Passing the Torch: The Impact of Mentorship in Challenging Environments
Growing up in an Asian immigrant household, I always found it difficult to seek assistance when faced with unfamiliar situations. It was ingrained in me that no matter how confusing or nerve-wracking a challenge might be, I should tackle it independently.
The act of asking for help was regarded as a sign of weakness, having the potential to brand me as inept, uninspiring, and ill-suited for the roles I aspired to. From a young age, I was conditioned to believe that sheer determination and effort would be sufficient to attain my goals. However, my perspective shifted when I entered the realm of Washington D.C. with the National Millennial and Get Z Community.
What had historically been discouraged for me was rebranded as "networking." As someone who held genuine conversations in high regard, I was initially apprehensive. I didn't want to come across as reliant on others to achieve my objectives, and I certainly did not wish to be perceived as exploitative of their assistance. To clarify, this apprehension wasn't due to a lack of skill. I had previously worked at Dutch Bros Coffee, where customer service was paramount. My concern stemmed from the fear of being perceived as insincere, distant, and overly formal. To be perceived as a “businessman.”
However, my experiences during the trip and subsequent endeavors led me to a different realization. Reflecting on the importance of mentorship and its influence on my professional journey, I learned that seemingly inconsequential conversations could evolve into transformative experiences, expanding my horizons far beyond my expectations. While in D.C., I engaged with a diverse array of practitioners making significant strides in their respective fields. These community leaders seamlessly integrated their career aspirations with positive social impact, an approach I had believed required separate paths.
Erika Moritsugu and Daphne Kwok, both Asian American leaders whom I deeply admire, provided insights into effecting change in different industries while leveraging their ethnic backgrounds as assets for social impact. With newfound networking confidence and a proactive attitude toward mentorship, I embarked on a Public Policy and International Affairs Fellowship in Seattle during the summer of 2024. This experience introduced me to a diverse spectrum of community leaders, accomplished professionals, and individuals surprisingly open to mentoring.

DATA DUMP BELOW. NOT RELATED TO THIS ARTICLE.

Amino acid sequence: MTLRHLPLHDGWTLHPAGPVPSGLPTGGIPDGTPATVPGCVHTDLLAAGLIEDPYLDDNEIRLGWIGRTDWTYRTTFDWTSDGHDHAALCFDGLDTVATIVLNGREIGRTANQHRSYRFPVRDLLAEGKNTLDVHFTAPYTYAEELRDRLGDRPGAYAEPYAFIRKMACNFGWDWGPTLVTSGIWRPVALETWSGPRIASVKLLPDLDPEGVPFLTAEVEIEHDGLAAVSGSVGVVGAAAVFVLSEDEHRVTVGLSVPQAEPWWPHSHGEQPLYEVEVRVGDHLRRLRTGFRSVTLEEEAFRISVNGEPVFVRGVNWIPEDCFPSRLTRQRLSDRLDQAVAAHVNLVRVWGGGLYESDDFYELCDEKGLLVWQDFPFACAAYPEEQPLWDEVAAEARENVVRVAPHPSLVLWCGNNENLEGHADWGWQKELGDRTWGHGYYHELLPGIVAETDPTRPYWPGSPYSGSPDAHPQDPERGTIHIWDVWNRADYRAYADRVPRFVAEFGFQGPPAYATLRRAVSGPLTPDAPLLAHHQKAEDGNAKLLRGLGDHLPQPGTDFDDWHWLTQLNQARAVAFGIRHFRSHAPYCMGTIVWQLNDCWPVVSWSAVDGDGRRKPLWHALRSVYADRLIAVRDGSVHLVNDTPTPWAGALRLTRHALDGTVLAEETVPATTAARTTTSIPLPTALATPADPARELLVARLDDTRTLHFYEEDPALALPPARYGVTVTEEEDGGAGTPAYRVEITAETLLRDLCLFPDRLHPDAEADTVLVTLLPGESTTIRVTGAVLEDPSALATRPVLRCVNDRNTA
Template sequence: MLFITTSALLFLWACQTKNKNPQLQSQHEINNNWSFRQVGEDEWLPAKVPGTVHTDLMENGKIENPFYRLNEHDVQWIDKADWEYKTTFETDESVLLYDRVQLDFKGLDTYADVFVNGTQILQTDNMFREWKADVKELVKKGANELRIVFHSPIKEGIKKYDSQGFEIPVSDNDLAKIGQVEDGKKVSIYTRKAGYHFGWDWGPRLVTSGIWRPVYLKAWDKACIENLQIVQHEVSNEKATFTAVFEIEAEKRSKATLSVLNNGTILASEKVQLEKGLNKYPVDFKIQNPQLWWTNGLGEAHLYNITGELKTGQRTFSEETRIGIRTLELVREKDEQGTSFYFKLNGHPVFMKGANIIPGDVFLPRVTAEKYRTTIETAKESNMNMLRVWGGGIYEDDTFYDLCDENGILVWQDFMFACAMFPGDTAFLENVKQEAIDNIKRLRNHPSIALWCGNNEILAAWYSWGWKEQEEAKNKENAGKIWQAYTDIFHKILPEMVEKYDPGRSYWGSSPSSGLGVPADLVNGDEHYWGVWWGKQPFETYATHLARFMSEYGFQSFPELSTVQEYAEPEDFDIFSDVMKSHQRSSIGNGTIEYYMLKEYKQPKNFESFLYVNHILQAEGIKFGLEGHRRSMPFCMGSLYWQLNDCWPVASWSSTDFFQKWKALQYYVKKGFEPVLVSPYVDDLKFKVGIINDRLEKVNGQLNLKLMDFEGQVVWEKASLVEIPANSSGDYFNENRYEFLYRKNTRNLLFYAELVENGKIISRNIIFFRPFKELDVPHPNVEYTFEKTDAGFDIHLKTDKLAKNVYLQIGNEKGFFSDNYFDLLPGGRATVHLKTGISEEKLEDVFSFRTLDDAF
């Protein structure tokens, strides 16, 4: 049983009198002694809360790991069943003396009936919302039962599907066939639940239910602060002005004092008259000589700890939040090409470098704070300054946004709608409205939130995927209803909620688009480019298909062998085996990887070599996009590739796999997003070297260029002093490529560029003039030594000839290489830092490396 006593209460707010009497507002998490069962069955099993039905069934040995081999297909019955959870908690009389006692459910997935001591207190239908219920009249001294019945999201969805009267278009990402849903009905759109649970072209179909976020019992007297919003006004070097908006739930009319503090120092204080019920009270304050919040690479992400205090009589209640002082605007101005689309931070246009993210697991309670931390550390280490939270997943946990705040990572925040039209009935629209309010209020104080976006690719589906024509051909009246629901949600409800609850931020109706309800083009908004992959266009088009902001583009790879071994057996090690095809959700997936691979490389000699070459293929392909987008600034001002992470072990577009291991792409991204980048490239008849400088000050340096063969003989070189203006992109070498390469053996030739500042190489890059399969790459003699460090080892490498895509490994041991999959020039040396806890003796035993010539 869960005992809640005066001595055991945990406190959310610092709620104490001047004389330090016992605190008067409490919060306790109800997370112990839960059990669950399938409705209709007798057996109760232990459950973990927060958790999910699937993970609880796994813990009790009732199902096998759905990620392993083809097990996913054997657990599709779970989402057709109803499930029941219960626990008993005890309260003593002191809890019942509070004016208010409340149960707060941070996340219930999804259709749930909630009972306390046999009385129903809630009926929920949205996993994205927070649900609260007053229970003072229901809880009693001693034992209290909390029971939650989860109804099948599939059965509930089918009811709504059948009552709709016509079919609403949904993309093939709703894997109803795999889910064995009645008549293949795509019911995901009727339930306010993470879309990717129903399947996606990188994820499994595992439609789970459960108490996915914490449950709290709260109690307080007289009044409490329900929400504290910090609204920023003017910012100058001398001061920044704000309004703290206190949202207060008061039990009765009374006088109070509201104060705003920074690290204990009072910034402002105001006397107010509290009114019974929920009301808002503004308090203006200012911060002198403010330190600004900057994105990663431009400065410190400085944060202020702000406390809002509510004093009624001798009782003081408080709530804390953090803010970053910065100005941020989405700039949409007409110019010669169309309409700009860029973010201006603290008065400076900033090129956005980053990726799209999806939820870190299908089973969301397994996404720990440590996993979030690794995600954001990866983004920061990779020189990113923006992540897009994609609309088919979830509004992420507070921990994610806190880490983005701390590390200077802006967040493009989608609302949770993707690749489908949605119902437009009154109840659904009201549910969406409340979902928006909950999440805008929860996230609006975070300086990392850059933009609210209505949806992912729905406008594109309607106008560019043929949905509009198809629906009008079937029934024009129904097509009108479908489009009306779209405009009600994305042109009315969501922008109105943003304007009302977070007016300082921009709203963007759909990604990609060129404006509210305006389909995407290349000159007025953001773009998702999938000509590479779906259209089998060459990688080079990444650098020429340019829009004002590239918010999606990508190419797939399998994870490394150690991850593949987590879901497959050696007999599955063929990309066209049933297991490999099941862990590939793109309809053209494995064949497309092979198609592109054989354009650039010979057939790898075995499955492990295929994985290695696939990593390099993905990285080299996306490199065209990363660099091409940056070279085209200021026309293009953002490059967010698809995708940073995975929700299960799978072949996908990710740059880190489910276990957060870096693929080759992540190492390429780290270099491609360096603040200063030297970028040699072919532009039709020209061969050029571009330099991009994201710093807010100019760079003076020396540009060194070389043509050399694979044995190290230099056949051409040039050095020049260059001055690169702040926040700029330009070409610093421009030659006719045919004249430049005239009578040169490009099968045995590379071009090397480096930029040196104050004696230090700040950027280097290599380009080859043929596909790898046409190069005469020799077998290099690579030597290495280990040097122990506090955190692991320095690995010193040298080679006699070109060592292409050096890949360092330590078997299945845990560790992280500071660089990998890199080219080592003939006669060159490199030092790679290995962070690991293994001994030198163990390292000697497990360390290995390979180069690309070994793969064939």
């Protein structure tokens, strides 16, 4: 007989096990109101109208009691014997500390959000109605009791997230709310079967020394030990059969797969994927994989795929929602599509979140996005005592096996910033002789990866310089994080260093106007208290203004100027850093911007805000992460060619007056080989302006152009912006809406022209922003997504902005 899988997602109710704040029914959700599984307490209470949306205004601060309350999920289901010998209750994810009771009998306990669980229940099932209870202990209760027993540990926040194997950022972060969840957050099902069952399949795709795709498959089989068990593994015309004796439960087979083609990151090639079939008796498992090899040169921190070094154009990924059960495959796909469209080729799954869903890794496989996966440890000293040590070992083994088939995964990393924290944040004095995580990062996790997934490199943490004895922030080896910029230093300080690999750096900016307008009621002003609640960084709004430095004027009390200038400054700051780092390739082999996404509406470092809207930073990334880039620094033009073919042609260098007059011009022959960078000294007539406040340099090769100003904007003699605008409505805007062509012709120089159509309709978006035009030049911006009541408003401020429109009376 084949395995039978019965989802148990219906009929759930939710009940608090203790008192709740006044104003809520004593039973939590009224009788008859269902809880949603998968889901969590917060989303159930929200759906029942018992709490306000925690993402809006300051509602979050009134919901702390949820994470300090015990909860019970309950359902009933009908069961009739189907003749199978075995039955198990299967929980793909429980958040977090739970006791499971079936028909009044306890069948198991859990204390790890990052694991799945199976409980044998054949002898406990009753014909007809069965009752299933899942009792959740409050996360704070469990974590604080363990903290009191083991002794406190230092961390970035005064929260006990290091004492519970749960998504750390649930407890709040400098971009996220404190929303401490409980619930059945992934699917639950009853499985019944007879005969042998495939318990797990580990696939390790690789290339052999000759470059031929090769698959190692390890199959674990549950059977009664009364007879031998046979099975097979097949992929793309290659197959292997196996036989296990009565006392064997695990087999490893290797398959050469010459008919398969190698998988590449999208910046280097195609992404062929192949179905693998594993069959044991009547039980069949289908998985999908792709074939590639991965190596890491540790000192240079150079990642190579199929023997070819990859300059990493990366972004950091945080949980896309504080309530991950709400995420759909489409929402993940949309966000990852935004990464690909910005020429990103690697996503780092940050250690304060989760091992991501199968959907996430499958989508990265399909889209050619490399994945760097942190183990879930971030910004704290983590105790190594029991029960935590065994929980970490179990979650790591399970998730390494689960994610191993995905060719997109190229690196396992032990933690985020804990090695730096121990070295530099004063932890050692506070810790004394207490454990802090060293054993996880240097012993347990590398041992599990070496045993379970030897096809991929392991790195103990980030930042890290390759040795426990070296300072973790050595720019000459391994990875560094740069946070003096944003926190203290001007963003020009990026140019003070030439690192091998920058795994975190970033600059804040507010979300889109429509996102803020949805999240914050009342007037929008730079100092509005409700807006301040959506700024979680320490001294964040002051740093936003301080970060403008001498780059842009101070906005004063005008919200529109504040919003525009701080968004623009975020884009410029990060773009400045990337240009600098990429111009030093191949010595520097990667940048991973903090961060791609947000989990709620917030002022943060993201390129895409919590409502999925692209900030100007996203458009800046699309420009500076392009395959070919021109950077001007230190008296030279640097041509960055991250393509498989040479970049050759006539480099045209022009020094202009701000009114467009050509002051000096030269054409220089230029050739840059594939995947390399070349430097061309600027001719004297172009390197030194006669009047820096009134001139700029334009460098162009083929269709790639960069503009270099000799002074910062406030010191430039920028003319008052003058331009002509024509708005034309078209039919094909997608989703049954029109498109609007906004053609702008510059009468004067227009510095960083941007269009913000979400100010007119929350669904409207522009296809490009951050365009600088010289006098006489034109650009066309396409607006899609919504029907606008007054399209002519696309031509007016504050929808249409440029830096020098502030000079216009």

Through these interactions, I discovered a career trajectory that resonated with me deeply – one that unites social impact and public policy with business operations in the tech sector, particularly focusing on accessibility. This realization wasn't the result of a singular connection but rather a culmination of insights from various individuals. Notable figures like Long Dinh, a UX researcher for the City of Seattle; Erika Campos, a leader at Microsoft; and Mellanie Tenada, dedicated to providing student resources at the University of Washington, all provided me with insights into a career path I hadn't previously considered viable. This journey led me to a profound realization: mentorship is pervasive in every aspect of life.
I've been fortunate to have mentors throughout my journey, although I hadn't always recognized them as such. From experienced figures like Bill Imada, who generously shares opportunities and resources, to peers like Cecilia Winchell, offering reality checks when needed; from direct supervisors like Stefani Evans, to educators like Michael Chin, Carrie Johnson, Veronica School, and Karen Taylor. Mentors have emerged from both small organizations, such as Jett Angeles and Kristen Canlas, and broader networks, including Amen Tsegai and Mytoan Nguyen-Akbar.
These incredible individuals have provided me with the time and space to learn, develop, and thrive. To those navigating their own journey amidst the hustle and bustle of life, I encourage you to engage with those you admire. While it's easy to be daunted by their accomplishments, more often than not, they're eager to share advice and support, having once stood in your shoes.
To all mentors, this is a letter of gratitude for your selfless guidance. Paving the way and opening doors for others is a remarkable act that transcends any recognition that I could ever give. My success is simply the culmination of a thousand small acts of kindness from those who gave me a chance.